NEW YORK (Reuters) - Major U.S. stock indexes fell as much as 2 percent on Thursday, where they looked on track for the steepest drop since a Wall Street rout six weeks ago, in anticipation of an announcement by U.S. President Donald Trump that had traders concerned about prospects for a global trade war.
Markets pared gains slightly by midafternoon after Trump signed a presidential memorandum that could impose tariffs on up to $60 billion of imports from China, although his action was far removed from threats that could have ignited a global trade war.
White House officials told a briefing ahead of the trade announcement that the administration was eyeing tariffs on $50 billion in Chinese goods. There was no explanation of the difference between the numbers provided by White House officials in the briefing and Trump’s $60 billion.
KEVIN CARON, SENIOR PORTFOLIO MANAGER, WASHINGTON CROSSING ADVISORS, FLORHAM PARK, NEW JERSEY
“Once the (tariff) news came out, the unknown became a known. Perhaps that gave some traders a sense of proportion and removed one of the uncertainties from the market…It’s been a long time: you have to go all the way back to the Paris Accords of the 1980s to find something similar, where there was a direct effort to address the imbalance between two countries, and even then it was a more cooperative kind of effort. If this is just posturing, and there’s nothing on the follow-through, it will just evaporate. On the other hand, if there’s retaliation and things become more hostile, you can expect an interruption in trade and capital flow, which will be negative for the stock market in the near term.”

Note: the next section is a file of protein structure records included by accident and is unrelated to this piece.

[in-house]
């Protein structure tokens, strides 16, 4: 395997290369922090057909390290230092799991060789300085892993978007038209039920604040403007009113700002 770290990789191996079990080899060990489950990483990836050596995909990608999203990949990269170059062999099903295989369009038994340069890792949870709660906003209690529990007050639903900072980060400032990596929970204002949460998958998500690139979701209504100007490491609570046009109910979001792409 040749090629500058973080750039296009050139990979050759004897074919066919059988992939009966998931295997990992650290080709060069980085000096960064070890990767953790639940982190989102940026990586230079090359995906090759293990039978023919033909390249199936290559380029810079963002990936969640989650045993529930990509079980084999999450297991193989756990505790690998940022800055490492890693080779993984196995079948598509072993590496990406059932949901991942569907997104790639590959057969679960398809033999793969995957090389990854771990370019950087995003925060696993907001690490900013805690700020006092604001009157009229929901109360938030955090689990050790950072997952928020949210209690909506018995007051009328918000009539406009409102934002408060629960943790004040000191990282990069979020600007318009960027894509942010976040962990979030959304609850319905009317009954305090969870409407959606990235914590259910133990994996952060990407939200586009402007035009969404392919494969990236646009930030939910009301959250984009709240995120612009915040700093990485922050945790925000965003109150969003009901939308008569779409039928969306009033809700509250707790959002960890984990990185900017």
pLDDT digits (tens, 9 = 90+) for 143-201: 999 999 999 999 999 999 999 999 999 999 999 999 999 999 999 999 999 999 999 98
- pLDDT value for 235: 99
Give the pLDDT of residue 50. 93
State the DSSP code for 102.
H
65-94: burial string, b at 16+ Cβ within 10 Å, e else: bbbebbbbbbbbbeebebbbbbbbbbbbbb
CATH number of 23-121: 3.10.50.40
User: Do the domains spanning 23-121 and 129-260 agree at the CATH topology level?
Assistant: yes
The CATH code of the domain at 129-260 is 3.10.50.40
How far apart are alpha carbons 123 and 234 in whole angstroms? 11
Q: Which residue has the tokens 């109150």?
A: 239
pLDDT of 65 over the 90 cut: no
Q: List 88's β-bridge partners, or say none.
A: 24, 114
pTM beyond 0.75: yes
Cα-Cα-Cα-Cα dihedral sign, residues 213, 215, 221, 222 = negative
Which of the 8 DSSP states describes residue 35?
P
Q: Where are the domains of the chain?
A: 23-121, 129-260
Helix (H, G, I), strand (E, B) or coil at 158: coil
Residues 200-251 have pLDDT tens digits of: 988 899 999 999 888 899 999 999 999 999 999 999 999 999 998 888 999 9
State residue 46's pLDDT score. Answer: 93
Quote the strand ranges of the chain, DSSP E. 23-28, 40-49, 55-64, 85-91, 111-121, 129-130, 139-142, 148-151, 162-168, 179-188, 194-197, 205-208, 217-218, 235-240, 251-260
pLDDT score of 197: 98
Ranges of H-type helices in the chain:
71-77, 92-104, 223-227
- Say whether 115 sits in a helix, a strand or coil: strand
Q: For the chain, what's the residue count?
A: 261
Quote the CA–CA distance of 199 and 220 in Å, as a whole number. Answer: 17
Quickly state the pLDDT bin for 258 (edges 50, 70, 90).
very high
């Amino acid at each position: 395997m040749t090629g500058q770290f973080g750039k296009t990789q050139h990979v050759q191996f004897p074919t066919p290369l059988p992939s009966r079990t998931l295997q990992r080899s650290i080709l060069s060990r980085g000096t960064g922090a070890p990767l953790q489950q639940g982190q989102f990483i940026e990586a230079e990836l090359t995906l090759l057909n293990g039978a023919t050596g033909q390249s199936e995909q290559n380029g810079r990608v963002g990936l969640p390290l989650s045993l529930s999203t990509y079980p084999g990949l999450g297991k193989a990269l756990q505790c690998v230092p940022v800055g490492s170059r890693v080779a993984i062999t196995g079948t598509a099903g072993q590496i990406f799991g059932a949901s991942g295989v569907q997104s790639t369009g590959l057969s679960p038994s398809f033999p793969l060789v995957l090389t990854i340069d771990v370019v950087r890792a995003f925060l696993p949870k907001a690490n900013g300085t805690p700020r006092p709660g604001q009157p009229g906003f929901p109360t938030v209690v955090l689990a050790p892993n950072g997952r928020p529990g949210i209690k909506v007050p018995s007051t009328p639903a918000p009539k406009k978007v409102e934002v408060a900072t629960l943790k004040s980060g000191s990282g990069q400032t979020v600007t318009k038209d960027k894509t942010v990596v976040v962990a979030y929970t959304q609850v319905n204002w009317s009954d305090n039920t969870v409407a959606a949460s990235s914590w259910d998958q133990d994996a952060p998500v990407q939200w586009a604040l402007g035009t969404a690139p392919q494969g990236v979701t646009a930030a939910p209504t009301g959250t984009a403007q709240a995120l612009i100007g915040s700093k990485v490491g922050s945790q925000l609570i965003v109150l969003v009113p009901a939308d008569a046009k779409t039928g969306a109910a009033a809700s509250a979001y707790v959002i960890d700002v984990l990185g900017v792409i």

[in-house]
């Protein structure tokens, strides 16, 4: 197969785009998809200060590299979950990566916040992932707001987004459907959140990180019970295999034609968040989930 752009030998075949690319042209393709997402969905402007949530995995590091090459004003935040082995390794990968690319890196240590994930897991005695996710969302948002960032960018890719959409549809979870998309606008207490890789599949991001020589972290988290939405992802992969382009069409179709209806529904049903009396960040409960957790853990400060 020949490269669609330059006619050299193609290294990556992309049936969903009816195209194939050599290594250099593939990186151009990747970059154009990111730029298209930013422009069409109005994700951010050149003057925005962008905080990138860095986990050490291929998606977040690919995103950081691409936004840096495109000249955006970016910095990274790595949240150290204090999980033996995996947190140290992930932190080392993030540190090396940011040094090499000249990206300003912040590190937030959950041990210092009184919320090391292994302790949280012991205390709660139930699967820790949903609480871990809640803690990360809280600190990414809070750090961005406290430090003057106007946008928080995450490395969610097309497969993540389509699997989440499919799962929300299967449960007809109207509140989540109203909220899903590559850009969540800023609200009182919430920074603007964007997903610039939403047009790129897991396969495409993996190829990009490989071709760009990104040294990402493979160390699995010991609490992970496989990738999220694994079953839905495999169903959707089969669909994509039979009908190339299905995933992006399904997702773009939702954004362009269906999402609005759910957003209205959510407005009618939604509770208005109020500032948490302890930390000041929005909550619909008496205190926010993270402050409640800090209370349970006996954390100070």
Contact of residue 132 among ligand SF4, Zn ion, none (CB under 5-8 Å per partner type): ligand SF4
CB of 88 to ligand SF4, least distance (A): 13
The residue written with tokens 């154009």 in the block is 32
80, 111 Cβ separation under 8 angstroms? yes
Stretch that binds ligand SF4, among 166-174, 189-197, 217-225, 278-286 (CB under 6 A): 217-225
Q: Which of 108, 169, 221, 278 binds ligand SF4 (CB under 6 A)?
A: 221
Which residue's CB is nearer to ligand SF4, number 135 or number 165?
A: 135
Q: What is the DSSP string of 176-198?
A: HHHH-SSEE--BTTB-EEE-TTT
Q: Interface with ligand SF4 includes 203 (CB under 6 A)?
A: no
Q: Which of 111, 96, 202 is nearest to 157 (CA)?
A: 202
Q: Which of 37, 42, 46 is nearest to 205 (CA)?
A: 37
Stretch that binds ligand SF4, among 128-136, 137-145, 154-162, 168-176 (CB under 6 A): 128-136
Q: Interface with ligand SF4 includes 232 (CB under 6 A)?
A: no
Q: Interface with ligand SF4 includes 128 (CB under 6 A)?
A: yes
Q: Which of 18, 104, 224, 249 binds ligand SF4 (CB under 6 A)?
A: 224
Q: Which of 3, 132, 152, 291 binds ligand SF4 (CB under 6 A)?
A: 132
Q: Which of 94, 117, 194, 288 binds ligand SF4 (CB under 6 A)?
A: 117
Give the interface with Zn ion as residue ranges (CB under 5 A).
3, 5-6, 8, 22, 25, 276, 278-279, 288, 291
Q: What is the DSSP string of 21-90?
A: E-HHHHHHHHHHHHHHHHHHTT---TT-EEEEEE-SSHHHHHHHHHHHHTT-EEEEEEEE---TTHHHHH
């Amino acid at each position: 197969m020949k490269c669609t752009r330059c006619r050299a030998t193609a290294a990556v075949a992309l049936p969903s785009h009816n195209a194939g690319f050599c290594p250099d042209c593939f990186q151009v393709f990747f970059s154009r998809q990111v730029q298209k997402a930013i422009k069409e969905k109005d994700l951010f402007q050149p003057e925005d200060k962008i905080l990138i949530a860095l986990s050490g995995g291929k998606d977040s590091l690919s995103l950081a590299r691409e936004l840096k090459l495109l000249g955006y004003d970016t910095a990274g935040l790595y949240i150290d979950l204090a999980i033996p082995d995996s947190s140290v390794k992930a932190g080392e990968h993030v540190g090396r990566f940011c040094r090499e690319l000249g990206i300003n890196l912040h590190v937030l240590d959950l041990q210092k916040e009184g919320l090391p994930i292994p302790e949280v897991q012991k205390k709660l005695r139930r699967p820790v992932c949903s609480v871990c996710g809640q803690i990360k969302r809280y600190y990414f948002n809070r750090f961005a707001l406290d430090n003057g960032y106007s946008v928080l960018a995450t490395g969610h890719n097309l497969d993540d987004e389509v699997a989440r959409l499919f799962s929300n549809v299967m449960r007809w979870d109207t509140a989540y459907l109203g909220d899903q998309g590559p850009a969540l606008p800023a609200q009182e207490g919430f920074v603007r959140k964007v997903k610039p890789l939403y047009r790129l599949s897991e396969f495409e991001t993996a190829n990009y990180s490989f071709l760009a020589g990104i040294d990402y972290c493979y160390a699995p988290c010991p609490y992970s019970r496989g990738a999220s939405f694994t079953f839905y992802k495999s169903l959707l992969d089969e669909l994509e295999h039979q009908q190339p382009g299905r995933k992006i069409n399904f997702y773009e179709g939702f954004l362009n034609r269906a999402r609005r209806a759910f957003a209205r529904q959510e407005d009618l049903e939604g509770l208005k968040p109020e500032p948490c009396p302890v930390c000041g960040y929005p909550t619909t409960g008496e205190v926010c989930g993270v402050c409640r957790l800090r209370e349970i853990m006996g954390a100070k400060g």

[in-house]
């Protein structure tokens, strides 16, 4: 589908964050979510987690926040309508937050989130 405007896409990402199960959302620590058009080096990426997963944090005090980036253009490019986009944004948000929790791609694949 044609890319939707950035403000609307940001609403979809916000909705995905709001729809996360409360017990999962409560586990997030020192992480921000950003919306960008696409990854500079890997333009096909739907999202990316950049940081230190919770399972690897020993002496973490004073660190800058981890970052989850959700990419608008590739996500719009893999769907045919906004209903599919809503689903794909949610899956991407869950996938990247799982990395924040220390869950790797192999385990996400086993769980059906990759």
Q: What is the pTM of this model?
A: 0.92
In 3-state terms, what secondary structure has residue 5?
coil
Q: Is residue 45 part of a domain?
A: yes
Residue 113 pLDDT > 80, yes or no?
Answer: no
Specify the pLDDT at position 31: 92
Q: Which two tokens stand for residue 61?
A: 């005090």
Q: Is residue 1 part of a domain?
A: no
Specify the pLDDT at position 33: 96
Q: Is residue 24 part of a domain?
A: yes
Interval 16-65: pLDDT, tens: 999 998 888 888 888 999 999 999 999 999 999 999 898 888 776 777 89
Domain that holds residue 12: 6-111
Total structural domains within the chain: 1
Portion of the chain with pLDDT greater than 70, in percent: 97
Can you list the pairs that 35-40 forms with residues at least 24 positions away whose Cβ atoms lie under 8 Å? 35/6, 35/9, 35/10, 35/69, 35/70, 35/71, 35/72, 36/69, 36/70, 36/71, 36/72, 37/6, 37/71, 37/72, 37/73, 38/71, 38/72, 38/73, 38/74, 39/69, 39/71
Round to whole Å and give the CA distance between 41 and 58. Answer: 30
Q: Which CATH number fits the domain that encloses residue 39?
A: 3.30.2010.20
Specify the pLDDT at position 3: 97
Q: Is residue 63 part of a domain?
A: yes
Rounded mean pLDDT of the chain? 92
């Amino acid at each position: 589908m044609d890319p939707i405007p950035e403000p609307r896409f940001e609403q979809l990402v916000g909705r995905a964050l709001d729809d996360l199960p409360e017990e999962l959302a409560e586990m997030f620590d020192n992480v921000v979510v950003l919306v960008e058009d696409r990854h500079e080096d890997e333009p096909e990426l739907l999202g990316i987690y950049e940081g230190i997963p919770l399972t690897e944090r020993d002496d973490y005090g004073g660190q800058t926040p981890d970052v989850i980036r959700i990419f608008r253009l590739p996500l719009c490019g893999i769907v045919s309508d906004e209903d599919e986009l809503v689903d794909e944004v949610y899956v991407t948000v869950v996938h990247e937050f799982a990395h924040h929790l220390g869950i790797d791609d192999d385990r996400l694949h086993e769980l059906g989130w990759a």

“In the long run, it might actually be a positive thing to resolve the global imbalance that many economists have said was at the root of the global instability that resulted in the financial crisis and the European debt crisis…It’s very unusual to have one country run a significant deficit or surplus against another country for a long period of time. That has been the relationship between the United States and China. It’s highly unusual and it’s not sustainable, without one country ending up with a large debt and a growth burden to go along with it.”
KEITH LERNER, CHIEF MARKET STRATEGIST, SUNTRUST ADVISORY SERVICES, ATLANTA
“Global growth momentum has shown a bit of softness, specifically in the manufacturing data, the PMI in Europe and Japan that came overnight. You also have some uncertainty around the Fed. It didn’t raise the forecast for interest rates for this year, but it did raise it for the (later) years. There’s still some anxiety around what that means for the market. The third thing is trade. The market expects the White House to announce tariffs on China today. The report is around $50 billion. So you take in trade, the Fed, softer economic data, that’s the catalyst for today’s move.”
“The bigger picture is that we’re in a multi-month bottoming process that’s very sloppy. The market is looking for a catalyst out there to break to the upside, and there’s not an obvious one in the near term.”
JOHN CAREY, PORTFOLIO MANAGER, AMUNDI PIONEER ASSET MANAGEMENT, BOSTON
“There’s too much negative sentiment right now. There are stories about the tech sector, between the disappointing results at Oracle and the Facebook situation, that place in doubt the continued leadership of the so-called FANG stocks. At the same time, you have concerns about tariffs with respect to international trade. There’s too much uncertainty for investors.”